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Kayakers flock to Death Valley after severe rain creates ‘extremely rare’ lake

<span>Kayaking at Badwater Basin earlier in February.</span><span>Photograph: Michael Kohler/NPS</span>
Kayaking at Badwater Basin earlier in February.Photograph: Michael Kohler/NPS

The rains that soaked California in recent weeks have created an unusual opportunity for kayaking in the driest place in the US.

Visitors at Death Valley national park have a rare chance for aquatic recreation in a temporary lake that formed in Badwater Basin, the National Park Service said in a statement.

“You might think with no drain to the sea, that Death Valley would always have a lake,” Abby Wines, a park ranger, said. “But this is an extremely rare event. Normally the amount of water flowing in is much less than the evaporation rate.”

The desert park is famously hot and dry, often exceeding 110F (43.3C) in the summer and averaging only about 2in (5cm) of rain annually. But Death Valley has received an exceptional amount of precipitation in the last six months, 4.9in (12.4cm), thanks in part to a record-breaking tropical storm that brought a year’s worth of rain in just a day.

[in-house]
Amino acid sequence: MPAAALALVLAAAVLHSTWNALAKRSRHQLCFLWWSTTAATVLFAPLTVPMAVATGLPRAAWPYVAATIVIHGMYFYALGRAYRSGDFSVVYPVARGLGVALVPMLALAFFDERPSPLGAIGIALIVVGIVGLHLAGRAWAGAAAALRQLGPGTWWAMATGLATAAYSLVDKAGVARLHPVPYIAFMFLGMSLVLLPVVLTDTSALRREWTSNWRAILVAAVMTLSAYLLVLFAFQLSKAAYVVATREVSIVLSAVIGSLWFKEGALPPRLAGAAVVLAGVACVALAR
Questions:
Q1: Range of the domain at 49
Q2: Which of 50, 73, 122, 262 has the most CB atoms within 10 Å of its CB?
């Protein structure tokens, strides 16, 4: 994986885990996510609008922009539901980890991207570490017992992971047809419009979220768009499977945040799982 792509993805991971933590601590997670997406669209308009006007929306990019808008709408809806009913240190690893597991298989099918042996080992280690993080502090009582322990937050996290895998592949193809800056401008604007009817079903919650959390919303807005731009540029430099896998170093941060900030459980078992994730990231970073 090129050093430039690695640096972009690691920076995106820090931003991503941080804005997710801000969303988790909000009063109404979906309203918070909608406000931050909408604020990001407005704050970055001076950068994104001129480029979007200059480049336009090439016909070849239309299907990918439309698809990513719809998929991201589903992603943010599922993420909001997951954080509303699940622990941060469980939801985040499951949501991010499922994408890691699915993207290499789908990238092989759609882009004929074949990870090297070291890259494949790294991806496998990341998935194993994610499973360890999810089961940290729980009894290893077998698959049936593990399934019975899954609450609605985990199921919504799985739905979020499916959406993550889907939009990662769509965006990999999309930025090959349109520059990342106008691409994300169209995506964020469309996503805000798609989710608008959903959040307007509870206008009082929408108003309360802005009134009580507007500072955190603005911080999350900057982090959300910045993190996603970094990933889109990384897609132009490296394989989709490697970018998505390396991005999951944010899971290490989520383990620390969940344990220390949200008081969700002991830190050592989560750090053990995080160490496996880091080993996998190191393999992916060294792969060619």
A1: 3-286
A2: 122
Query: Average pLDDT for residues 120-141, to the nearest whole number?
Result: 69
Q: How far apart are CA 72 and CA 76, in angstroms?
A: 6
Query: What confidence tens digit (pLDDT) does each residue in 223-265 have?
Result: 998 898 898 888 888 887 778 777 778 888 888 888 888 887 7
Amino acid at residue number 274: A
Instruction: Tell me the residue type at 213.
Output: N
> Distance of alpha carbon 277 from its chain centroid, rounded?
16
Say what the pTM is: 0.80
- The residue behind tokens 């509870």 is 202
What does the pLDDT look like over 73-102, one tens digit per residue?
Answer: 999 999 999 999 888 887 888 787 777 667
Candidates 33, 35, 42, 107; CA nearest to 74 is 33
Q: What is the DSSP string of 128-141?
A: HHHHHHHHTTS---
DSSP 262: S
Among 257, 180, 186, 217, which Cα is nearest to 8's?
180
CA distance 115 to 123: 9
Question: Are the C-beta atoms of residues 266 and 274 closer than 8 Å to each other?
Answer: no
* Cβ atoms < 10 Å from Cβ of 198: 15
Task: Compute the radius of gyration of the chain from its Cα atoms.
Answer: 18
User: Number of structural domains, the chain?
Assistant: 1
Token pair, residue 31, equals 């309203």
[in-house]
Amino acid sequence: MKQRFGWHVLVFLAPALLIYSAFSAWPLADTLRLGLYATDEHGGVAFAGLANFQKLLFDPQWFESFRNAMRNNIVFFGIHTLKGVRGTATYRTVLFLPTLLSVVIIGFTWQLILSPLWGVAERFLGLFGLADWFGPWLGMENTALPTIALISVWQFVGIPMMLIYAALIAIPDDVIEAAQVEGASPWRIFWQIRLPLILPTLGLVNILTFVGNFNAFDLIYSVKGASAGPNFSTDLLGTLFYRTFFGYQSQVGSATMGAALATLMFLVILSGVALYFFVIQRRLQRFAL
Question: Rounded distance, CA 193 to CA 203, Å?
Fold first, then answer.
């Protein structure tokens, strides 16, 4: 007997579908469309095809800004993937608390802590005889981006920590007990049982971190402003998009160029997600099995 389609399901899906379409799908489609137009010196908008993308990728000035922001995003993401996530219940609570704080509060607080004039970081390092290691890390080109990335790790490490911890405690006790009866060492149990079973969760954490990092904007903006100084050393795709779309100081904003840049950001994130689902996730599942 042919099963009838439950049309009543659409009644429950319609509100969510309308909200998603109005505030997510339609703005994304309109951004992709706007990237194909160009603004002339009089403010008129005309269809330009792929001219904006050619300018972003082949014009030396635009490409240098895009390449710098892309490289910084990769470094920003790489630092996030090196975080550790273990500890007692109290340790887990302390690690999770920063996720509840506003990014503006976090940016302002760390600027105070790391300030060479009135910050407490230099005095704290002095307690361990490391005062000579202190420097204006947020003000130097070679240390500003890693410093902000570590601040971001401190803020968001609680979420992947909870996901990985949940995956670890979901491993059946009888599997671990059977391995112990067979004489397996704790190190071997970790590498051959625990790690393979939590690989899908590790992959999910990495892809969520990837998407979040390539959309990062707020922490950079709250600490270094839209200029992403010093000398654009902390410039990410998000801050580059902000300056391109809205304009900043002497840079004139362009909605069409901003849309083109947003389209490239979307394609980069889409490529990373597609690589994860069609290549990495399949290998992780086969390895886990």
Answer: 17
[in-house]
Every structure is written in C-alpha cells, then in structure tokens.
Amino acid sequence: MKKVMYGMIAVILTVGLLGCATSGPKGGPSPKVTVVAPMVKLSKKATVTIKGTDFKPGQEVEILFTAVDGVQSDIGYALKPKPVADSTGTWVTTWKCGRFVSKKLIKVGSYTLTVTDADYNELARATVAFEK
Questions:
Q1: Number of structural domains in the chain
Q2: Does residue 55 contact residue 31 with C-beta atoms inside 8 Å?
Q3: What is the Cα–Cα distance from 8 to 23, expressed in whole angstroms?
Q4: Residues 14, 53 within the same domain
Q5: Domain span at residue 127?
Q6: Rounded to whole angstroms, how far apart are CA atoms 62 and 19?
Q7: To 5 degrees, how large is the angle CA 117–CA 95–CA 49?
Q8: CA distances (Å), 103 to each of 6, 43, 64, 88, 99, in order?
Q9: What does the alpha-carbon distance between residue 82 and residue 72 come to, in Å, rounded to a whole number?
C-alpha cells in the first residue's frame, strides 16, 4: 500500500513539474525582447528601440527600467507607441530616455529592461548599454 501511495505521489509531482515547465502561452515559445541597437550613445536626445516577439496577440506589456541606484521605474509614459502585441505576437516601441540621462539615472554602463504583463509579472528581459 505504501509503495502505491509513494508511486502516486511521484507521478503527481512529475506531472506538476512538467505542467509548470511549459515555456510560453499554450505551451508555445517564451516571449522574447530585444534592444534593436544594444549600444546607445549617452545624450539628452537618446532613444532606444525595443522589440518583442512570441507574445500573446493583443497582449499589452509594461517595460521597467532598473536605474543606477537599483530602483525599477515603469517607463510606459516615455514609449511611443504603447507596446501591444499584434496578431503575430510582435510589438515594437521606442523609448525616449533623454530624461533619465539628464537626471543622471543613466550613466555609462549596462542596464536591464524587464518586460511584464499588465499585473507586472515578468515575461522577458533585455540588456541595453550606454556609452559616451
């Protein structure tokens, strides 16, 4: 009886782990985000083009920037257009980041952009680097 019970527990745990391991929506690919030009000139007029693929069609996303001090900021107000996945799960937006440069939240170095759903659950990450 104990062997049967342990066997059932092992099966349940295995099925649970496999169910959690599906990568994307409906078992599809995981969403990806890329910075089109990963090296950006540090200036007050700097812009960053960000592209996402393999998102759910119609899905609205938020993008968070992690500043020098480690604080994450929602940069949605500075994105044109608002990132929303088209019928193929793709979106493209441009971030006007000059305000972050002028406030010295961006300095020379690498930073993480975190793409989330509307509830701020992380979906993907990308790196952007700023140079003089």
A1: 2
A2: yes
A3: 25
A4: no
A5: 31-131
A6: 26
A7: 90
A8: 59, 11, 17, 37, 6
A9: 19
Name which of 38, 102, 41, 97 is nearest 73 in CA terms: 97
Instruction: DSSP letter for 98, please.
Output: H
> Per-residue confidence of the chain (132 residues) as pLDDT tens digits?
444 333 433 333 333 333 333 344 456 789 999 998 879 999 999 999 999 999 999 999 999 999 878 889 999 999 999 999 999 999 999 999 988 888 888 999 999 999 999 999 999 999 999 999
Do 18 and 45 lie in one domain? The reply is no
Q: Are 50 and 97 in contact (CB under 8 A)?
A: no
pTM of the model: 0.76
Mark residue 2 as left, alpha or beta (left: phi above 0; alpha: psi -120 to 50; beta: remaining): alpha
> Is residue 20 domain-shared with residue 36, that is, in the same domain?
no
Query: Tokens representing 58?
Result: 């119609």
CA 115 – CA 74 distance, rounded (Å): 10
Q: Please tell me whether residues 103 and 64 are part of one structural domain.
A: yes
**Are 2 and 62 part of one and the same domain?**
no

Further precipitation from an atmospheric river this month helped fill the temporary lake in what is typically a dry salt flat.

Badwater Basin, which is the lowest elevation in North America at 282ft below sea level, was once home to an ancient body of water – Lake Manly – that evaporated tens of thousands of years ago.

The body of water in the basin today, also known as Lake Manly, is now about a foot deep and stretches three miles wide and about six miles long. Posts on social media showed visitors floating on the ephemeral expanse.

The park service said it could only be deep enough for kayaking for a few weeks, but will offer “beautiful reflections” through April.

“The lake was deep enough to kayak for a few weeks after Hurricane Hilary, but unfortunately people couldn’t come enjoy it then,” Wines said. “Every road in the park was damaged by flash floods, and it took two months to open the first road into the park. Now most of the main roads are open, so it’s a great time to come visit!”

The park reopened in October after closing in August after the rains from the storm washed away roadways and caused widespread damage. The park’s hotels and most campgrounds are open as are paved roads to park features such as Lake Manly, but work continues on secondary roads damaged by floods, the park service said.